Book Reviews

Book Review: The Handmaid’s Tale

The Handmaid’s Tale is a haunting story of a dystopian future, that seems more plausible by the day.

What is the Handmaid’s tale about:

The dystopian novel is set in a totalitarian Christian society which has overthrown the government, and created an all ruling patriarchy. The likes of magazines and flashy clothing were all destroyed as vanity was no longer deemed necessary, and the rulers thought people were better off to live in a world free of those temptations. To combat declining fertility rates, some women as assigned to households as “Handmaids” in the hopes of bearing children.

The Handmaid's Tale by Margaret Atwood book cover

The story follows, Offred – which is Of Fred because Handmaid’s are not permitted go by by their birth names but instead by the patriarch in the family they are assigned to.

Offred details her time as a handmaid where her sole purpose is to reproduce – if she fails to do so she will be executed. She also offers us insights into her life before the revolution happened. She had a husband, a daughter, a job, rights; she had the things that women spent generations fighting for stripped away in an instant.

What I thought:

All good dystopian novel’s create a world somewhat reminiscent of ours, and actually isn’t that far-fetched of a possibility. It presents a caricature of our world. Do I think it’s likely governments are going to be taken down to be replaced to by backwards cults seeking to strip women of all rights and body autonomy? It’s highly unlikely, but still a terrifying prospect. What really struck me was you can fight for and win your rights but that doesn’t mean that they’ll be there forever. You still have to fight for and maintain them even once they’ve been won. Just take a look at Bermuda repealing same-sex marriage.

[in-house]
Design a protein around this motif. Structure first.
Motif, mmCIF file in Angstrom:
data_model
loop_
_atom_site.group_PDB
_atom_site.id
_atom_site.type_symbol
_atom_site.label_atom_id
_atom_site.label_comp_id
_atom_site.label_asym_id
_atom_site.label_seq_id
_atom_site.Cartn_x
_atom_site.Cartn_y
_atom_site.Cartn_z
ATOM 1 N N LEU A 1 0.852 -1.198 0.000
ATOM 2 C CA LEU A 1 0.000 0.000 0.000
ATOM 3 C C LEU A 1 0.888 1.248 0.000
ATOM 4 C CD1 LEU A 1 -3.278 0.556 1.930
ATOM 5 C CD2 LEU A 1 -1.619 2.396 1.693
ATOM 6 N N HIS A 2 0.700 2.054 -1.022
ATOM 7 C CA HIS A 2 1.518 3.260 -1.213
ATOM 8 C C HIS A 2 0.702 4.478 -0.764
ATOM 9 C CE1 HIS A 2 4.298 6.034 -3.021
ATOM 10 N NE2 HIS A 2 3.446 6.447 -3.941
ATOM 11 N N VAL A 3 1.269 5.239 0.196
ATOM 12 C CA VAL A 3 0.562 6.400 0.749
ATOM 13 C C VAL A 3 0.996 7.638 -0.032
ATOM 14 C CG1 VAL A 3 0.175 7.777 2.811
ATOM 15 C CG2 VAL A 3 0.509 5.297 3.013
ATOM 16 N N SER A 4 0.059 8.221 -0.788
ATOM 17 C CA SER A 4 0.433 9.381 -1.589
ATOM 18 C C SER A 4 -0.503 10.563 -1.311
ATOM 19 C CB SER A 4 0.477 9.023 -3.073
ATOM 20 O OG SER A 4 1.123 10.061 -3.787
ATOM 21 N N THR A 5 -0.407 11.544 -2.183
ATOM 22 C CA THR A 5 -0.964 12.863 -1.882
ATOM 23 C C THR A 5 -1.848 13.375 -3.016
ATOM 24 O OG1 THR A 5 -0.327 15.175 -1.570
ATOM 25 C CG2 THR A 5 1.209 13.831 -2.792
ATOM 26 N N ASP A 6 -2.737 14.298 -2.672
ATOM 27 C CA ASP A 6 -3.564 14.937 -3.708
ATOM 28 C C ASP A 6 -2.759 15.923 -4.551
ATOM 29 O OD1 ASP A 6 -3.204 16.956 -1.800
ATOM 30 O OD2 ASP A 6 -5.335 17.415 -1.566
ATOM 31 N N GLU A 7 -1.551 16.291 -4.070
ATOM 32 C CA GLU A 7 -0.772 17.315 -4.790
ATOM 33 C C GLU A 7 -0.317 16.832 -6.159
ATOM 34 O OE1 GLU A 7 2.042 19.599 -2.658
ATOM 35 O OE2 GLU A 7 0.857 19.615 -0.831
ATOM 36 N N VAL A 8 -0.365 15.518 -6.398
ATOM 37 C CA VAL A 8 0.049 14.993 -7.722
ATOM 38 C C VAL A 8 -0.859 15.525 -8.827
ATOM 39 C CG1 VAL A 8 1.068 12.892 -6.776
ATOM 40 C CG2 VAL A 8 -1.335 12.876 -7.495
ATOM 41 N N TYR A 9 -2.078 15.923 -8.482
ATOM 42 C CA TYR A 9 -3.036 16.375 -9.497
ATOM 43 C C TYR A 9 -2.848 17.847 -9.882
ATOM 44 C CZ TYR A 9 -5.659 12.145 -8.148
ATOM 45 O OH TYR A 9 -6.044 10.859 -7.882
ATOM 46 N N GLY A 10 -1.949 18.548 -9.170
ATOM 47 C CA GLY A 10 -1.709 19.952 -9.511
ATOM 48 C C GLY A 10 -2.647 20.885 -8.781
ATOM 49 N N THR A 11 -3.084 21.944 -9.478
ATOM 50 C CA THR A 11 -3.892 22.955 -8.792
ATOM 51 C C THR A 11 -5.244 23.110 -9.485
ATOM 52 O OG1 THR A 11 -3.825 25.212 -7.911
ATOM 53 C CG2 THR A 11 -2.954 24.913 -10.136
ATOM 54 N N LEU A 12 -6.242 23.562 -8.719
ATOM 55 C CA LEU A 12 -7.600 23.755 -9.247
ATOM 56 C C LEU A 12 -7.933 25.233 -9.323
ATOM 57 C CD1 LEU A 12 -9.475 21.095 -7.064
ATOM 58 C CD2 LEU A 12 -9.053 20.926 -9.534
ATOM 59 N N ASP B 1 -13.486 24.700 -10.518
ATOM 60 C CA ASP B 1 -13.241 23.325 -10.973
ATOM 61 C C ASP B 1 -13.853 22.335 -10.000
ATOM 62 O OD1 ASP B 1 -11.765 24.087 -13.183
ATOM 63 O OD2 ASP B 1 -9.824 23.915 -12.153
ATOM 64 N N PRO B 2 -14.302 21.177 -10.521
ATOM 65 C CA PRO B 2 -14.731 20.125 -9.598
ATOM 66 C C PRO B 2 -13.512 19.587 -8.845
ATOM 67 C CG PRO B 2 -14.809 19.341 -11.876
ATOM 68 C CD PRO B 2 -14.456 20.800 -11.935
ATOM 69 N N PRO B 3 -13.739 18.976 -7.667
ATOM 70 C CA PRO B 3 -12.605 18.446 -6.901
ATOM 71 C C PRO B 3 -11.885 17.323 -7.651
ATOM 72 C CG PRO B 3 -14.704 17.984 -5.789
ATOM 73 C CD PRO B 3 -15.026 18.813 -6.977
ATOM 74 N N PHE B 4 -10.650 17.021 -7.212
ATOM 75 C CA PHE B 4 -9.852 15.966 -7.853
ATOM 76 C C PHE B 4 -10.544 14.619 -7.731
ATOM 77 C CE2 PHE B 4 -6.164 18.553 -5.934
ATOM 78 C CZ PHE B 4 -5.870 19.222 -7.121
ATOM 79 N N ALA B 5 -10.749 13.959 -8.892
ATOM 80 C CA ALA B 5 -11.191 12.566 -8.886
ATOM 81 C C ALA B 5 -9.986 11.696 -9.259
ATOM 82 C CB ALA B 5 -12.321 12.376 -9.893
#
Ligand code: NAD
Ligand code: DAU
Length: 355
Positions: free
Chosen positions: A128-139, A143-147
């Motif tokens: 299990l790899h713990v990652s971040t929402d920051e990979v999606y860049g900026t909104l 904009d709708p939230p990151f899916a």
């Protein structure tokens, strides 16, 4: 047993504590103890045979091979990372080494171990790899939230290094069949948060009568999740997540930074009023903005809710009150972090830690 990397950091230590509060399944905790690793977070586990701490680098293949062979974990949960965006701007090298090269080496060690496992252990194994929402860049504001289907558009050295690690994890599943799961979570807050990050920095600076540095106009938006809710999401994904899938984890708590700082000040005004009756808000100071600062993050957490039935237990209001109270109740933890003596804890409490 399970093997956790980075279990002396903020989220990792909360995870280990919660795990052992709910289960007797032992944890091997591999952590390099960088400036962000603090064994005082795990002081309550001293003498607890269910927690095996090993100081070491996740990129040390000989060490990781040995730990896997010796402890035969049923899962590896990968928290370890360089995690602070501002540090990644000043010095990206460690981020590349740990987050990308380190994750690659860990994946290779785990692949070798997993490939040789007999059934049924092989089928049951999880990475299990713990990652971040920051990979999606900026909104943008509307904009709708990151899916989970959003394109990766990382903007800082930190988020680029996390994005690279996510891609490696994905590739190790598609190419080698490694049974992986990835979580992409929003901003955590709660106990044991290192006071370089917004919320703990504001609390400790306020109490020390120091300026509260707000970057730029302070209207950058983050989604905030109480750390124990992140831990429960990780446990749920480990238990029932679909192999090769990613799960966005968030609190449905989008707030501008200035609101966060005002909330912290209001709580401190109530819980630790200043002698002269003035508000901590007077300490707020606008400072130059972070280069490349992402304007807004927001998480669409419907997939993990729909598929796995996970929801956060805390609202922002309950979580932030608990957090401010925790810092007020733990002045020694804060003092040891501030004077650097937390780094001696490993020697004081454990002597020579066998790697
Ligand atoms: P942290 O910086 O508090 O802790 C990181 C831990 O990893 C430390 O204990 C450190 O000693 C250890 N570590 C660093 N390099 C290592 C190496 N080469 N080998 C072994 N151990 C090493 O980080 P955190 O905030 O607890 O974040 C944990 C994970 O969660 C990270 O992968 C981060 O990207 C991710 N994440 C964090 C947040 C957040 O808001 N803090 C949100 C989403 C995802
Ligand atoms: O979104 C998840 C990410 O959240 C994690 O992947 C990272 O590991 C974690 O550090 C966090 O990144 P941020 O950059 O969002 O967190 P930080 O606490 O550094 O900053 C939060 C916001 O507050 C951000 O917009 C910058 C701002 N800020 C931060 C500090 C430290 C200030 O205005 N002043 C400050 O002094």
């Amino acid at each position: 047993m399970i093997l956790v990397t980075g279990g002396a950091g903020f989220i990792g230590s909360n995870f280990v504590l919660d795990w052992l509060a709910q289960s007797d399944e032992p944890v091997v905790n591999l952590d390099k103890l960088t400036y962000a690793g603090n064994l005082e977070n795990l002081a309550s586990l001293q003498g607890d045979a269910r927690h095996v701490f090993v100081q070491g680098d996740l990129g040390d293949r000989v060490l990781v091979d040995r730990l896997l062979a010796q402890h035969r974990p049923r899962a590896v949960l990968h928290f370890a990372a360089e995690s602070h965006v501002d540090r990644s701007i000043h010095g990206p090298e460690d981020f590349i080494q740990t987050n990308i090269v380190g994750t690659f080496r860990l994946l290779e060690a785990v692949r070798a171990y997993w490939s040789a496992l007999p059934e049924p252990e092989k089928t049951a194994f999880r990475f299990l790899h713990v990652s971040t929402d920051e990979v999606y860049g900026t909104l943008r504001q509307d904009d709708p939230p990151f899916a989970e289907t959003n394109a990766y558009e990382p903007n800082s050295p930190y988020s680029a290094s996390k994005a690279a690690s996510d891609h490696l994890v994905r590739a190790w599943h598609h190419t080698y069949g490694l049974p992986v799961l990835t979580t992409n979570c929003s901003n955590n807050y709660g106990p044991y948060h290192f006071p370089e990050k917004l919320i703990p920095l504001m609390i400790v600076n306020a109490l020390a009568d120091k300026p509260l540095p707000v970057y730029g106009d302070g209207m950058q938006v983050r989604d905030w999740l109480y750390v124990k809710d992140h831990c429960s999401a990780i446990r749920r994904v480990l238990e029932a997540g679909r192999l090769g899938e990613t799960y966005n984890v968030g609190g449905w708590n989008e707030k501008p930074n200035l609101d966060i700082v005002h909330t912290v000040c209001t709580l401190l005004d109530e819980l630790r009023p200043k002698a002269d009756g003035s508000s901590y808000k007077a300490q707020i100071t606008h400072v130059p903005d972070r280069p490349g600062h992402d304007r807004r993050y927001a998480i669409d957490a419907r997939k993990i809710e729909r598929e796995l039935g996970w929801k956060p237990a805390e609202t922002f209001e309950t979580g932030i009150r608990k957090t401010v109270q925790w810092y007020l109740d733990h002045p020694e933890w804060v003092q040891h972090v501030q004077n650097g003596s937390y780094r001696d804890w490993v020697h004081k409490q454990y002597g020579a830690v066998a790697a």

Like Only Ever Yours  or Asking for It this wasn’t a nice fluffy read. It was an important one. I can actually see a lot of where Louise O’Neill got the inspiration for Only Ever Yours from The Handmaid’s Tale.

Offred wasn’t the strong empowered protagonist we would hope for in this type of novel. Moria was the take-no-shit master-of-my-own-fate character of the story but she didn’t have a very prominent place in the overall plot of the book. Offred isn’t happy about being a handmaid and misses her old life but she doesn’t do much about it. She doesn’t get heavily involved when Ofglen introduces her to the fact that not everyone is a “true believer”. Her disillusionment increases towards the end when she almost starts to feel that she has a life in her household. It really hurt to see Offred essentially go backwards as the book went on. Maybe that was the point, maybe systematic oppression just breaks women down? Maybe it’s a cautionary tale?

Isn’t it telling that her real name wasn’t even Offred yet we never find out what it is?

Regardless, I was completely absorbed in this and would definitely recommend The Handmaid’s Tale.

If you like the Handmaid’s Tale you might also enjoy Only Ever Yours, and Animal Farm.

The Handmaid's Tale illustration

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